Foreign students have been evacuated from another building in Myrtle Beach due to unsafe living conditions.
The city's fire marshal says a former commercial building at 804 1/2 Oak St. was converted into an apartment for foreign students without the proper building permits.
It's the second time this week city officials have found a building housing foreign students that had apparent fire code violations.
Police think that kind of problem had often happened before without city officials being aware of it, but an outreach program now in its second year is helping bring those issues to light.
Many foreign students on the Grand Strand for the summer working tourism jobs under the J1 and H2B visa program attend the program's orientation seminars held twice a week at the Myrtle Beach Convention Center.
"It's a welcome to America (meeting), but it's also more awareness of how not to be a crime victim, what their rights are while they're here in America," said Myrtle Beach Police Officer Pete Woods, who helped organize the outreach.
The orientation program for foreign students started last year, after police found out the international students were often targeted by criminals.
Woods says many of the students come from undemocratic countries where citizens mistrust the police.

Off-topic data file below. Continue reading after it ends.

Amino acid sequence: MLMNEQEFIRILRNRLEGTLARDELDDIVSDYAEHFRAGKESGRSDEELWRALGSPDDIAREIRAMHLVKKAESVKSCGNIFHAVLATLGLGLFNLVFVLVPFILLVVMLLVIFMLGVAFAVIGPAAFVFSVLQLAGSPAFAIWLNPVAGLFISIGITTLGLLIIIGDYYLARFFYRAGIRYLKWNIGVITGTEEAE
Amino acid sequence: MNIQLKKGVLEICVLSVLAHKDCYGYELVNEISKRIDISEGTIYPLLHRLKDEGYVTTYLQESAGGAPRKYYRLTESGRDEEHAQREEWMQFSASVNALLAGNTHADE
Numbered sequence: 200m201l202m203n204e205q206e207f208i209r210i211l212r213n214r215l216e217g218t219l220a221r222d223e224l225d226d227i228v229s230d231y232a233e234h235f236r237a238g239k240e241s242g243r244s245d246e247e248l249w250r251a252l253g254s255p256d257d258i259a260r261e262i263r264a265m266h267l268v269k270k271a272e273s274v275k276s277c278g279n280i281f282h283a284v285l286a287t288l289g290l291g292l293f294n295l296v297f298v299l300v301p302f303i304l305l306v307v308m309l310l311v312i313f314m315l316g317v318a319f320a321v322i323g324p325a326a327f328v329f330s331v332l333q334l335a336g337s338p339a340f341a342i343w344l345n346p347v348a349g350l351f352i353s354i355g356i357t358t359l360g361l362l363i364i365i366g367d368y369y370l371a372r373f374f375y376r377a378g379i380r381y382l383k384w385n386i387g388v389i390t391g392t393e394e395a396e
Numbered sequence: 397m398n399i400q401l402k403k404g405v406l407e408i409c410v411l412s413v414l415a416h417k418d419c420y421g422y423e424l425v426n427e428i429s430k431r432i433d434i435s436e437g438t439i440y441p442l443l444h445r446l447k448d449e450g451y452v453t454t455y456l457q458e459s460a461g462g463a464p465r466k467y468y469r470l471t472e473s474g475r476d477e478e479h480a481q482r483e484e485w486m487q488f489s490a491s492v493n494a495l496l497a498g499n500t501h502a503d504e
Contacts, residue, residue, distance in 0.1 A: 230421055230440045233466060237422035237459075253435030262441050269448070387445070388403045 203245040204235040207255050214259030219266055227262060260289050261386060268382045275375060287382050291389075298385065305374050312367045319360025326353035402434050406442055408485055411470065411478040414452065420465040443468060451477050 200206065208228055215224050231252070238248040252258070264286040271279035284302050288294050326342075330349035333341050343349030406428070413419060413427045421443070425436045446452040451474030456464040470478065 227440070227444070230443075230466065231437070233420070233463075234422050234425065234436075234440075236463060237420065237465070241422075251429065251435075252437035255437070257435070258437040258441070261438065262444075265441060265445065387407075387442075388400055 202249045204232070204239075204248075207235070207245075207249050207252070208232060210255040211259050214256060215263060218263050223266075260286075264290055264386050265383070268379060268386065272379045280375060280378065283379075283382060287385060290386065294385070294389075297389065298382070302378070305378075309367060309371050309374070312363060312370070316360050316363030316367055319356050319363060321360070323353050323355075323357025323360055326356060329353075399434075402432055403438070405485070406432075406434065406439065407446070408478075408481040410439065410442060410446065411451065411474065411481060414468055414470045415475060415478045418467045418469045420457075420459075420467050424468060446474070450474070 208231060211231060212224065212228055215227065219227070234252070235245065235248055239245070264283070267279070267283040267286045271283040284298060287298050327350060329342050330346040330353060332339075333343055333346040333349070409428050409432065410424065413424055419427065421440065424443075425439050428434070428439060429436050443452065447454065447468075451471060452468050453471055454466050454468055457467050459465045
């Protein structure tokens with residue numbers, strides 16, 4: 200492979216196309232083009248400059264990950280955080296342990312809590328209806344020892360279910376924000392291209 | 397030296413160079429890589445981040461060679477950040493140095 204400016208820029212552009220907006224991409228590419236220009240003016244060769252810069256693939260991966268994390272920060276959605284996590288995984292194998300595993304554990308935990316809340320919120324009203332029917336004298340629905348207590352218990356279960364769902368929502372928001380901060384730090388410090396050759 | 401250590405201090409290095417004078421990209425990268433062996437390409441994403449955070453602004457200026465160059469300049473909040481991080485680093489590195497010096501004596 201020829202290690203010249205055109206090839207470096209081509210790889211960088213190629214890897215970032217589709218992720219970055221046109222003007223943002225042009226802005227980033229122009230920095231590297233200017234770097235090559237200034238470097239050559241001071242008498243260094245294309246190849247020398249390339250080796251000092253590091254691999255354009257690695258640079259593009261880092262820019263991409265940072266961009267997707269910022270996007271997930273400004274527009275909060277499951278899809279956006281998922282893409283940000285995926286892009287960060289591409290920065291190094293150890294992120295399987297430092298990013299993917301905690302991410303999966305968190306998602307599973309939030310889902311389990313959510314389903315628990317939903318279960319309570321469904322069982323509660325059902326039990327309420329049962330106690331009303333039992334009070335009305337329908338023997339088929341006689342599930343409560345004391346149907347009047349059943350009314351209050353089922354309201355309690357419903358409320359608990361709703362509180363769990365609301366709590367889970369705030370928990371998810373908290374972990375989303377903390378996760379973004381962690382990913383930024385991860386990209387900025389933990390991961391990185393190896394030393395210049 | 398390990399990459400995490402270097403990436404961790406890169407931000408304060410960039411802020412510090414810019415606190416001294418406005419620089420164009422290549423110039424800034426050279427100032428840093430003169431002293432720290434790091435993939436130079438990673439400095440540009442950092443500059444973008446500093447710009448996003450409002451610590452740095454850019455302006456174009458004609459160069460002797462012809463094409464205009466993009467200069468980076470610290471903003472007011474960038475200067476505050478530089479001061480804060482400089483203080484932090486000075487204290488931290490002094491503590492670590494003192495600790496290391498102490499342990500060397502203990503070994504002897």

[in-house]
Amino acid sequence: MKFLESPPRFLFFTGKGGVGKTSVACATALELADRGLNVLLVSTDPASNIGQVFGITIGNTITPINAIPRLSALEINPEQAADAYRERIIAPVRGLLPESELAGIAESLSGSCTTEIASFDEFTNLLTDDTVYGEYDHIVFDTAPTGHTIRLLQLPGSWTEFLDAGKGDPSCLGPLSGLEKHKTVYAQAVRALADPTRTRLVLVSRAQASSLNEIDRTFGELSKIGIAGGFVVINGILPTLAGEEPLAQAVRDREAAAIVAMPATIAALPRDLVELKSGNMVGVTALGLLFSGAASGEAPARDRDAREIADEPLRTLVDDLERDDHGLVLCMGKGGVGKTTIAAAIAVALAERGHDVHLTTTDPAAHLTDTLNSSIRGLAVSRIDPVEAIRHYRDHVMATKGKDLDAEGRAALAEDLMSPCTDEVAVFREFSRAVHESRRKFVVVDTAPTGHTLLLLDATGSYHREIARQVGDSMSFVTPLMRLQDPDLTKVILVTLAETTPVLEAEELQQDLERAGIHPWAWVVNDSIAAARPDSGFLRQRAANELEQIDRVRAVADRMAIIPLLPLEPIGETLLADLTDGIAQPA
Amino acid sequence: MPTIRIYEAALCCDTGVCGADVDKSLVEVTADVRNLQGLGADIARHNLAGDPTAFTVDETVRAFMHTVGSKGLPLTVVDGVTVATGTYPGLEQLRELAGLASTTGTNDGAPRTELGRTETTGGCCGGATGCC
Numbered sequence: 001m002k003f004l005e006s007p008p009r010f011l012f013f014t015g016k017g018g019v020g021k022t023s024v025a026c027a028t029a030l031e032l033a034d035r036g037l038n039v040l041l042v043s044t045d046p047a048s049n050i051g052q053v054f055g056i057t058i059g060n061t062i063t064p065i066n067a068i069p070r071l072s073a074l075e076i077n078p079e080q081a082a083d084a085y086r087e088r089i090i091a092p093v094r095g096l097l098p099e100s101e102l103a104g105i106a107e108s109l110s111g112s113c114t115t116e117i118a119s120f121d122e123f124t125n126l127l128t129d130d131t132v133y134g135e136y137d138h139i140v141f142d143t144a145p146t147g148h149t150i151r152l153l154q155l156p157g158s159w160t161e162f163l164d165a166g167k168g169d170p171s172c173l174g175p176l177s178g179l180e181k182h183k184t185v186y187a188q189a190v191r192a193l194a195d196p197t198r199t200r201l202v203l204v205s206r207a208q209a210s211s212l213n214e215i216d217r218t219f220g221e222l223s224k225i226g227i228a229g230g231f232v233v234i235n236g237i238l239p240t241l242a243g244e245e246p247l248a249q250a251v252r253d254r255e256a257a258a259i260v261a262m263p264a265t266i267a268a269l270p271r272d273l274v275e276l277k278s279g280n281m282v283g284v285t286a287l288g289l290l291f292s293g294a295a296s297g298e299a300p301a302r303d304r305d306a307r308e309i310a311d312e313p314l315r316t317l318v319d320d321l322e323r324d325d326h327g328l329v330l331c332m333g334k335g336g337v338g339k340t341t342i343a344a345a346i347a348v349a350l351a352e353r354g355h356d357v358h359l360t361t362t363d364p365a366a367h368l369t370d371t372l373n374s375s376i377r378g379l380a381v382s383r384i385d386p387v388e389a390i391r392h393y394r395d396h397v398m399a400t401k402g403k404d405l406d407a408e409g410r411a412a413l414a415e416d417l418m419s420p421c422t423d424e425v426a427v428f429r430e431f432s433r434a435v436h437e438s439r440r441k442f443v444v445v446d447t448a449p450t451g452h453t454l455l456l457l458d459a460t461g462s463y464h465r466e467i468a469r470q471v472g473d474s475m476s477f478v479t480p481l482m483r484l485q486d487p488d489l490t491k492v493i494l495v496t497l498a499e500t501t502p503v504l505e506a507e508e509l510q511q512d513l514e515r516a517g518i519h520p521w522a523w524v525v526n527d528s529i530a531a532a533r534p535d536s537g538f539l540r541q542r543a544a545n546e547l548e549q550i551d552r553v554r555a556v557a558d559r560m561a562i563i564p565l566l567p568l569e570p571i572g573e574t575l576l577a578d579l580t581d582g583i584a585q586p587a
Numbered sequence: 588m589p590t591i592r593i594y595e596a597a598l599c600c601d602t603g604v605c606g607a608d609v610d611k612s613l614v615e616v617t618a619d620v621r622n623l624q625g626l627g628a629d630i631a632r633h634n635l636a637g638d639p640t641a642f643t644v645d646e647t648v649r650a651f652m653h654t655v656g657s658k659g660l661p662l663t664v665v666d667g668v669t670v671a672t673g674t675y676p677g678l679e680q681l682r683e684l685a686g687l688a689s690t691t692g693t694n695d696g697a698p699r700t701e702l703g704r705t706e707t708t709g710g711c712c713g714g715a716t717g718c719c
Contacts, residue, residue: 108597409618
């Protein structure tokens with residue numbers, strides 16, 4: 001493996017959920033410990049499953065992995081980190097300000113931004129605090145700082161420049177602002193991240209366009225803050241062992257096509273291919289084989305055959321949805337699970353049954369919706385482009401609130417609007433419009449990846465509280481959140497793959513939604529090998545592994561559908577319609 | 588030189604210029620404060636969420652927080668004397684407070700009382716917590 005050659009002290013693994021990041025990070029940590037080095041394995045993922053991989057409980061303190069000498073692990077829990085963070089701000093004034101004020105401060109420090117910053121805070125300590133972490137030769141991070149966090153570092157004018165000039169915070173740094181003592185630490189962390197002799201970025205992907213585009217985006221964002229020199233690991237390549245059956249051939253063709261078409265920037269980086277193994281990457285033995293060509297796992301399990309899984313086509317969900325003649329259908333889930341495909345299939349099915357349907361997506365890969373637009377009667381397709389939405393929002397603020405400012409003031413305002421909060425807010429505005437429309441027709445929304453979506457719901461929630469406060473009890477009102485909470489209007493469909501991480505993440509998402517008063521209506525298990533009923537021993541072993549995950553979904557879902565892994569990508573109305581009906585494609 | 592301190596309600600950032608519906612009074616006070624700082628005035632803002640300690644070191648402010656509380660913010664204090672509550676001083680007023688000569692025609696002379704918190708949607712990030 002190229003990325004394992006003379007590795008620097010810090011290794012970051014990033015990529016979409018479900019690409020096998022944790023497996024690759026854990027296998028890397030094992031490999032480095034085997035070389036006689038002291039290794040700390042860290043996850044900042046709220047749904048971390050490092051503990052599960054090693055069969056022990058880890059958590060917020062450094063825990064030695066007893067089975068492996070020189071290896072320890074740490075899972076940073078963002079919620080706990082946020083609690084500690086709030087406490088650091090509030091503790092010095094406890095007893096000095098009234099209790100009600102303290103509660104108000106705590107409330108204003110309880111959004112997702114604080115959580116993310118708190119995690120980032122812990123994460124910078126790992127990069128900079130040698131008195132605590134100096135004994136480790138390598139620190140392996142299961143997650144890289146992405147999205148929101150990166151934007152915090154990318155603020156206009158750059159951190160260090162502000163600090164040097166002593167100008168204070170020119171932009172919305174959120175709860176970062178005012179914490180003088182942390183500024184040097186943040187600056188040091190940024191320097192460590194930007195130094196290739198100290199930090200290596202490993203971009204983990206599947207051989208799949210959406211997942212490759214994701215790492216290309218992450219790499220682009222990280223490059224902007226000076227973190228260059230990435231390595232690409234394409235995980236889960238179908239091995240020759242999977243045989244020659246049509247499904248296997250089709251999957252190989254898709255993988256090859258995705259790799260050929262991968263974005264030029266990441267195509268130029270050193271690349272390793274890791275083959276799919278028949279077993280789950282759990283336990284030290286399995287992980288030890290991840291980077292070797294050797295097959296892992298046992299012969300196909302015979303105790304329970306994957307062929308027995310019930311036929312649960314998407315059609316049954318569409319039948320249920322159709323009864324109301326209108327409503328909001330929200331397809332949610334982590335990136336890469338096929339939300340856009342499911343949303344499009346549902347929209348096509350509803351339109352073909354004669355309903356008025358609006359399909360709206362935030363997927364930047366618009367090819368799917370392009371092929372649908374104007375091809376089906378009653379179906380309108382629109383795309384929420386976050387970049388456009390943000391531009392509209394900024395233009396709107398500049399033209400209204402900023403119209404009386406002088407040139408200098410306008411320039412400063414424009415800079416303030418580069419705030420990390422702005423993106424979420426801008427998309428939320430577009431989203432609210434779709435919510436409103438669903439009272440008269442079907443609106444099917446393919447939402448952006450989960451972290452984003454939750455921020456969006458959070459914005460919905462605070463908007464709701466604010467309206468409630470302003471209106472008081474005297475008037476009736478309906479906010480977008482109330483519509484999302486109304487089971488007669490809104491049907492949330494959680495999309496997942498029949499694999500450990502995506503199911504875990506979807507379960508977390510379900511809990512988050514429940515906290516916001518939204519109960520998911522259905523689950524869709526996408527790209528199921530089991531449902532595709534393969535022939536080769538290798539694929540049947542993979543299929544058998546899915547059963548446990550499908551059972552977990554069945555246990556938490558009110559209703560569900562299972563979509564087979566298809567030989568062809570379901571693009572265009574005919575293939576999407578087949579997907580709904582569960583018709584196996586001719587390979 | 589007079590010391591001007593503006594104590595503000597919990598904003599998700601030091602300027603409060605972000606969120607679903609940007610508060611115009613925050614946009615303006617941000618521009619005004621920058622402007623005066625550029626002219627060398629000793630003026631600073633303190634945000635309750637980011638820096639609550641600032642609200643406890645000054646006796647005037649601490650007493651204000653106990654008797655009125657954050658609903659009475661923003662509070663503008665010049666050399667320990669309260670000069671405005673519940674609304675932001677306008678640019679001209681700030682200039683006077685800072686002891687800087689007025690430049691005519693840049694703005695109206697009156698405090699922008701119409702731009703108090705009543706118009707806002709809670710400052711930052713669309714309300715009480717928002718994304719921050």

"For them to meet a uniformed police officer that says 'I'm here to help' and actually means it, that's a very foreign concept for them," Woods said.
Fire marshal Bruce Arnel credits the outreach program with helping officials discover places like the Calypso Motor Inn, which was partially closed this week for fire code violations, and the building on Oak Street, which Arnel says wasn't designed for residential occupancy and lacked the proper fire safety equipment.
"A lot of the tips that we're getting about these conditions are coming from the actual students themselves," Arnel said.
Arnel says he wants landlords to know if they think they can make a quick buck by offering substandard housing to vulnerable foreign students, they will be prosecuted.
"If we find out that these conditions exist, then we are going to visit the properties and enforce the code. Everybody deserves to have a safe place to stay."
Arnel says the three students who lived in the Oak Street building have found new accommodations.
He says it doesn't reflect well on America when the international students go back to their home countries and tell their families and friends about poor living conditions in Myrtle Beach.
For a link to the orientation program's website, click here.